How to achieve excellence in innovation management practices

18 July 2023 Consultancy.uk 5 min. read
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As businesses of all shapes and sizes look to grow revenue, in spite of a prolonged economic slowdown, innovation can make or break a firm’s financial plans. According to a new report, firms who take a greater role in managing their innovation have an average of 56% improved EBIT from new products and services.

The professional services sector remains optimistic for the future, despite a number of growing headwinds. Industry-wide reports have found that more than 80% of firms in the market expect revenue growth in the coming year, while also stating they are determined to keep on hiring to meet growing demand.

But in a market which seems to have reached a point of over-saturation, where firms also face a rise in late payments, and continued spikes in costs, realising that growth will be more difficult than expected. One key way in which firms can set themselves apart from their peers, and set themselves up to benefit from emergent trends, is to sink funds into discovering new solutions and products – meaning now is the time for organisations to rethink their innovation strategy, be bold and lean into their innovation agendas.

How to achieve excellence in innovation management practices

To ensure that firms get the most from their research and development drives, though, they must be careful not to underestimate the importance of innovation management processes. According to a new study from strategy consultancy Arthur D. Little (ADL), there is a clear link between good innovation management practices and innovation success; a correlation which holds true across all industries, despite the huge diversity in terms of products, services, customers, and industry-specific dynamics.

A line of best fit shows that there is generally a higher rate of success for innovation at firms with more innovation management mechanisms. Examining data from companies around the world since 2018, no firm with upward of 700 management practices for innovation had endured a failed innovation campaign, while most were in the upper-medium or top quartiles for success.

How to achieve excellence in innovation management practices

The correlation was shown more clearly when ADL examined the impacts that thoroughly-managed innovation had on earnings before interest and taxes (EBIT), in contrast to less-involved management. According to ADL, top-quartile innovation management practitioners realised an average 56% more in EBIT from new products and services over the course of three years on the market, when compared to peers with bottom-quartile innovation management practice scores in the same sector.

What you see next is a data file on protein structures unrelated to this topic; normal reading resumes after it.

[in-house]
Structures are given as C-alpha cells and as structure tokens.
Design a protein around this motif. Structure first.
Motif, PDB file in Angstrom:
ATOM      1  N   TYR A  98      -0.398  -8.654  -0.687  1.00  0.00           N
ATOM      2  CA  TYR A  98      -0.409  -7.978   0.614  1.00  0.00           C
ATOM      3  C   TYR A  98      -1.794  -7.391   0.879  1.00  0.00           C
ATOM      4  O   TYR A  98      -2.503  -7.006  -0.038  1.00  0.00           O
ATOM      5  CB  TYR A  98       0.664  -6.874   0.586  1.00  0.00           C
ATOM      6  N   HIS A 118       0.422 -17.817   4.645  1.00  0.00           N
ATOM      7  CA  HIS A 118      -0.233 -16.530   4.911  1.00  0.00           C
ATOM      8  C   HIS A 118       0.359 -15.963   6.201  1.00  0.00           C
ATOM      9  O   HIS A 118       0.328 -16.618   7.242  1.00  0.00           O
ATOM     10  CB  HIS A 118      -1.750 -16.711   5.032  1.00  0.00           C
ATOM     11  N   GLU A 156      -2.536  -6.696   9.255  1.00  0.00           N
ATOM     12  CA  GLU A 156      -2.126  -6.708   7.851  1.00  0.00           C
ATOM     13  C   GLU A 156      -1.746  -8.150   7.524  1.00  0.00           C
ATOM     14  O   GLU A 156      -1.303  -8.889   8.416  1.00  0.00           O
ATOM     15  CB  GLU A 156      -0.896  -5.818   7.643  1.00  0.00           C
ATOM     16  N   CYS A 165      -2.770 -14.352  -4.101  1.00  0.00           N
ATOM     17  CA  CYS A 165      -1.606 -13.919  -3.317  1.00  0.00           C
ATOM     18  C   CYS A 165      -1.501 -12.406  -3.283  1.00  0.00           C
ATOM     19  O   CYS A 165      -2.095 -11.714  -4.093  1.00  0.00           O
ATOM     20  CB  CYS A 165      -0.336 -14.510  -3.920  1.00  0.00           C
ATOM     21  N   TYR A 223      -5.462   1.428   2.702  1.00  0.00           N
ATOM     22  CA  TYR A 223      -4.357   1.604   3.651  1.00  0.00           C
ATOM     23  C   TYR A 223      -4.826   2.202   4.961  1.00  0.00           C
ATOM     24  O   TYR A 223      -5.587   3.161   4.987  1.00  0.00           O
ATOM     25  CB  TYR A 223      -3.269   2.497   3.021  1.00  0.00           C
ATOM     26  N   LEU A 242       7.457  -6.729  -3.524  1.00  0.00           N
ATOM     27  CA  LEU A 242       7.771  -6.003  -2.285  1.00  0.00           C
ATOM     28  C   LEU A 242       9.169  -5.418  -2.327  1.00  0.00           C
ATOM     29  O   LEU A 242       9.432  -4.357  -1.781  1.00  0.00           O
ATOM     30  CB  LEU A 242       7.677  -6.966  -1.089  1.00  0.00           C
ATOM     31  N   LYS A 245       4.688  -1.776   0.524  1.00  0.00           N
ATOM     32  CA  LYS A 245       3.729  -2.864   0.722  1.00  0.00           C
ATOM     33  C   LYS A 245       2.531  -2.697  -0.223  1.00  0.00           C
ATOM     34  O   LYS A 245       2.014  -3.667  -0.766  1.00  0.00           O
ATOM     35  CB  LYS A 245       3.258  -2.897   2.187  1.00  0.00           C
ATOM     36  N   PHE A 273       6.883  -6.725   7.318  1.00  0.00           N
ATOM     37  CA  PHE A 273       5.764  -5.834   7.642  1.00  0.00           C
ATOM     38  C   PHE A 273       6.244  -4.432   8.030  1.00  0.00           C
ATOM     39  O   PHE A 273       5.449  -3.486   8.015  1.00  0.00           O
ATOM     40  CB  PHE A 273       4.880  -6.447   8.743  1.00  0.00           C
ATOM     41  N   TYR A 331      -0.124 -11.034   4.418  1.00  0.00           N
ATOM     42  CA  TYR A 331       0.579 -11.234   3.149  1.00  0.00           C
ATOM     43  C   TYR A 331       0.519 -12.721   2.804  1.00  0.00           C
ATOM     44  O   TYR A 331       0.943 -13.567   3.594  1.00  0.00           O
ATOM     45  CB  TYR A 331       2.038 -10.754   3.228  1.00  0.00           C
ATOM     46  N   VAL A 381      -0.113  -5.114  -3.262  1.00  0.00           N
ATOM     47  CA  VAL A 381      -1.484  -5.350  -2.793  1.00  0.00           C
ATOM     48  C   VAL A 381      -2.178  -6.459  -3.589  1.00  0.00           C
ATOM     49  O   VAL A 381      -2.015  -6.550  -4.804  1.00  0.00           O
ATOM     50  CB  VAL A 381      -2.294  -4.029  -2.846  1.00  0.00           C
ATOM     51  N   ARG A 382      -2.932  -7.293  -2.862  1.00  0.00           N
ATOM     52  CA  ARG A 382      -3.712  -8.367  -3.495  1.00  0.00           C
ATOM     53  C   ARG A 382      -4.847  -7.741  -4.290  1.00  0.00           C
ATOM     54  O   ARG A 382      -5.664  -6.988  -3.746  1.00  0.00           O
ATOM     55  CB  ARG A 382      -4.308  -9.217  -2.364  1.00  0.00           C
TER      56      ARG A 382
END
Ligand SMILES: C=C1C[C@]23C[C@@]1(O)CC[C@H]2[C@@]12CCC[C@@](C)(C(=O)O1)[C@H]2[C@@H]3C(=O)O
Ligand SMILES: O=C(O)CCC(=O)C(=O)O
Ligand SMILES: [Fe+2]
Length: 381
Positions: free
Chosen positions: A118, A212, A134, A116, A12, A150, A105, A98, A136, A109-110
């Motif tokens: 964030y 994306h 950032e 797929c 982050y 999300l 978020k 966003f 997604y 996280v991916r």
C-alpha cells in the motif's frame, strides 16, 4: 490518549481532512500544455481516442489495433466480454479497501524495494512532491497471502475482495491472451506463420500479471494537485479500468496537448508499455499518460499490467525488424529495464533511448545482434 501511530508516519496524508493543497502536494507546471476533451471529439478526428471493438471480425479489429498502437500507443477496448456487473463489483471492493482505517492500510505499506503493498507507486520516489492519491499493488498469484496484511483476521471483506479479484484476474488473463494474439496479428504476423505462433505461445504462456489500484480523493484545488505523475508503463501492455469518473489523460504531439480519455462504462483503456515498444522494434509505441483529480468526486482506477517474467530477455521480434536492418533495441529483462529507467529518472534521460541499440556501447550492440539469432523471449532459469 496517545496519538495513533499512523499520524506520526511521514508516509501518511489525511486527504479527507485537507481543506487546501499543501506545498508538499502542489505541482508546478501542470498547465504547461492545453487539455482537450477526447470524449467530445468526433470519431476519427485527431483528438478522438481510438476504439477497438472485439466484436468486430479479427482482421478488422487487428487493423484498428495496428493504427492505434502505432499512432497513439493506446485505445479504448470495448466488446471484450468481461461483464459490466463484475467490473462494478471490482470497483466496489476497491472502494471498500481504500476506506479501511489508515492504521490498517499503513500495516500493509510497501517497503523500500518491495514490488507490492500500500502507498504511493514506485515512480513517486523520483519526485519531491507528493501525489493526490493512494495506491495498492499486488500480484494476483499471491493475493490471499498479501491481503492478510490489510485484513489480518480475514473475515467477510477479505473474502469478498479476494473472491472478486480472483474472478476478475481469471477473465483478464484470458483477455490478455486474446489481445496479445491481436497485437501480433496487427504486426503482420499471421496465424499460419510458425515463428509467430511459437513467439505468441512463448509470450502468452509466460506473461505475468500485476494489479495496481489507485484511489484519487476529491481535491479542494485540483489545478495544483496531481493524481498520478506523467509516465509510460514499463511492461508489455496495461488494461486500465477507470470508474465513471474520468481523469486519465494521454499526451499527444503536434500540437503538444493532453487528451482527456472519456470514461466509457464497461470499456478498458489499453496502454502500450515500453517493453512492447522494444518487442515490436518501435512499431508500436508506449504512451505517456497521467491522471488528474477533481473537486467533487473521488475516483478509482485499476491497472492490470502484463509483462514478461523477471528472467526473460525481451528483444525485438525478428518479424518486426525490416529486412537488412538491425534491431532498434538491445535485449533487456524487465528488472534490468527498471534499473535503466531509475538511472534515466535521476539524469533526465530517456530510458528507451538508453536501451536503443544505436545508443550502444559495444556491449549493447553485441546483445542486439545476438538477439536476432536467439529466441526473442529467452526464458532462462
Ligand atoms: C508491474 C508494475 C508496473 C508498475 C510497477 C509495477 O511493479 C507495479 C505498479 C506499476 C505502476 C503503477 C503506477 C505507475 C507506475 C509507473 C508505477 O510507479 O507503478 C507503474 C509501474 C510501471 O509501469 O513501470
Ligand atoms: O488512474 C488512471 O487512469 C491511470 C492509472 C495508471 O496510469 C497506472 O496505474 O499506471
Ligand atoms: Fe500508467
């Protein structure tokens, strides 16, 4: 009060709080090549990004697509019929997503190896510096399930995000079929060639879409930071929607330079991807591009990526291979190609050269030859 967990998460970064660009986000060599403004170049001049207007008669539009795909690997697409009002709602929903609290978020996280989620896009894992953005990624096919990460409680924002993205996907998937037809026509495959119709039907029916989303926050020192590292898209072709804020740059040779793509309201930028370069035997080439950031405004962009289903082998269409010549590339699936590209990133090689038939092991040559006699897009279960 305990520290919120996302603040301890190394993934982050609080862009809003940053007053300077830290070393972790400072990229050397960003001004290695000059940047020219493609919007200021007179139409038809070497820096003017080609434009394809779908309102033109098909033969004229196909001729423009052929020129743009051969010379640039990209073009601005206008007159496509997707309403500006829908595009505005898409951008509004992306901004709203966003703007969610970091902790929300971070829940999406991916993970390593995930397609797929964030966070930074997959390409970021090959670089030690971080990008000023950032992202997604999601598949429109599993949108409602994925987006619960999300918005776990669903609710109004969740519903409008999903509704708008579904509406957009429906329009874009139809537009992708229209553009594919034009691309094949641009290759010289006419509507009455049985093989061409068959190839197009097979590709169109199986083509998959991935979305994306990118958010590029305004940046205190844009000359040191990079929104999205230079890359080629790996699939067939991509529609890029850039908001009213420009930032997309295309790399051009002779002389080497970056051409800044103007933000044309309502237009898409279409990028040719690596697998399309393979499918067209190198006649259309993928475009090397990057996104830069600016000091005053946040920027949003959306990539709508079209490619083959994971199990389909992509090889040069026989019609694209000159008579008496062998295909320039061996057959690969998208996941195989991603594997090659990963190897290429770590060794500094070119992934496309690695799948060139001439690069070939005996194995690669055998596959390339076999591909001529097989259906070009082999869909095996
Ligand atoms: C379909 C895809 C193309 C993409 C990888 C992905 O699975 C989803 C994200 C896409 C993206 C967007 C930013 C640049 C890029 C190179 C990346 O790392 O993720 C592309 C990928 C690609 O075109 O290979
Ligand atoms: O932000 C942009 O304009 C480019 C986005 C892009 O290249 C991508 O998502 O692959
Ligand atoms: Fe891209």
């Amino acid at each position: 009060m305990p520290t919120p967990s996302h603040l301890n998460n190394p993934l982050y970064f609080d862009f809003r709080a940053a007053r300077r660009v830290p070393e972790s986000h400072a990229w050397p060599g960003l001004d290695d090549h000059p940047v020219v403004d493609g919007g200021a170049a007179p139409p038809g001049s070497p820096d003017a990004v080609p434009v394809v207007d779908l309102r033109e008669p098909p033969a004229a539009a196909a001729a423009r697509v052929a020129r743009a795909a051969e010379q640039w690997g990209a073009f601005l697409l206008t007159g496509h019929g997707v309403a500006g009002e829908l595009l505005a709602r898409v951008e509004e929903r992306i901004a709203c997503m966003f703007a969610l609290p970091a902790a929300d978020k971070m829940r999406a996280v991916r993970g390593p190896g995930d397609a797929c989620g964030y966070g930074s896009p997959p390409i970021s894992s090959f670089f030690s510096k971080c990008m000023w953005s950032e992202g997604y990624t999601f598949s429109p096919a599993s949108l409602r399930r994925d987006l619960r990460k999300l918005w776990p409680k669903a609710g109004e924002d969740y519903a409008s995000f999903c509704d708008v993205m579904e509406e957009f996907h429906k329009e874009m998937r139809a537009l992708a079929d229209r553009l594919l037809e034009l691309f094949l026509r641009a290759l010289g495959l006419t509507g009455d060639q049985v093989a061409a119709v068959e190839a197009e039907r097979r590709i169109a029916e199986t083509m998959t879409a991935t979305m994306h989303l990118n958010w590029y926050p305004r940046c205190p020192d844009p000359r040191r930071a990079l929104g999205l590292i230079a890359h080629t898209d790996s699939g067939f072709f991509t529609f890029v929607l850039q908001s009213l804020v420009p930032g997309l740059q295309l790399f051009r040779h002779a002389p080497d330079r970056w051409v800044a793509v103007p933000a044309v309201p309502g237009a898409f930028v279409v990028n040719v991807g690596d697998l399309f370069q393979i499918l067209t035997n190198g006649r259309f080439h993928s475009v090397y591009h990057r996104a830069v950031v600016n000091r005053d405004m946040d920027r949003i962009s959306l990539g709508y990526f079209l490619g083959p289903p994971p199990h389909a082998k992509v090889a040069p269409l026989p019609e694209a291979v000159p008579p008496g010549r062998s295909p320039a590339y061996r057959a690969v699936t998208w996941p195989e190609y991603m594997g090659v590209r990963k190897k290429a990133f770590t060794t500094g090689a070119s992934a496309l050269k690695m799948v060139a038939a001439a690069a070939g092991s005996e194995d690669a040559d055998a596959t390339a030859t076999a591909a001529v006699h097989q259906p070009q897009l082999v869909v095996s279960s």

Elsewhere, top-quartile innovators also realised an average of a 9% point difference turnover from new products and services players, while taking 36% less time to reach breakeven from their investments in business model innovation. In a tightening market, where being able to quickly pivot an offering, and monetise new trends, this could be the difference between a good year and a struggle for survival at some firms.

How to achieve excellence in innovation management practices

At the same time, firms still need to spend money to make money. While companies often look to scale back investment on new projects at times of economic distress, this can be counter intuitive – as it takes money away from their ability to adapt to new opportunities.

The key is to decide where to prioritise spending on innovation. Analysis from ADL shows that the spending profile of innovation leaders is more likely to take a chance on new technology, in order to vie for new customers, than less successful firms. Around 25% of leaders’ innovation spend goes to new technology, which could help court new markets and consumers – compared to just 13% of lesser-performers. In contrast, firms which were less successful at realising the benefits of innovation played it safe, investing 45% of their budget on existing technology, to benefit established customers – 10% more than innovation leaders.

How to achieve excellence in innovation management practices

Illustrating the potential that daring to still invest in new technology brings, a recent study found that European firms willing to take a risk on things like generative AI now could be in line to benefit by a combined $3 trillion. If firms hope to make ground on innovation leaders in the coming months, however, they will need to do more than simply re-evaluate where and how they spend their money.

ADL’s researchers identified several areas where organisations need to improve, if they are to boost their innovation success. Many firms have already adopted innovation strategy, objectives and governance principles; boosted their deployment capacities; and defined processes for resource and competence management. But fewer have weighed up how to gain greater technology intelligence to couple with market intelligence; or geared this towards idea management and their ecosystem processes – something which could immediately see their new products taken up by their own supply chain, supper-charging their launch.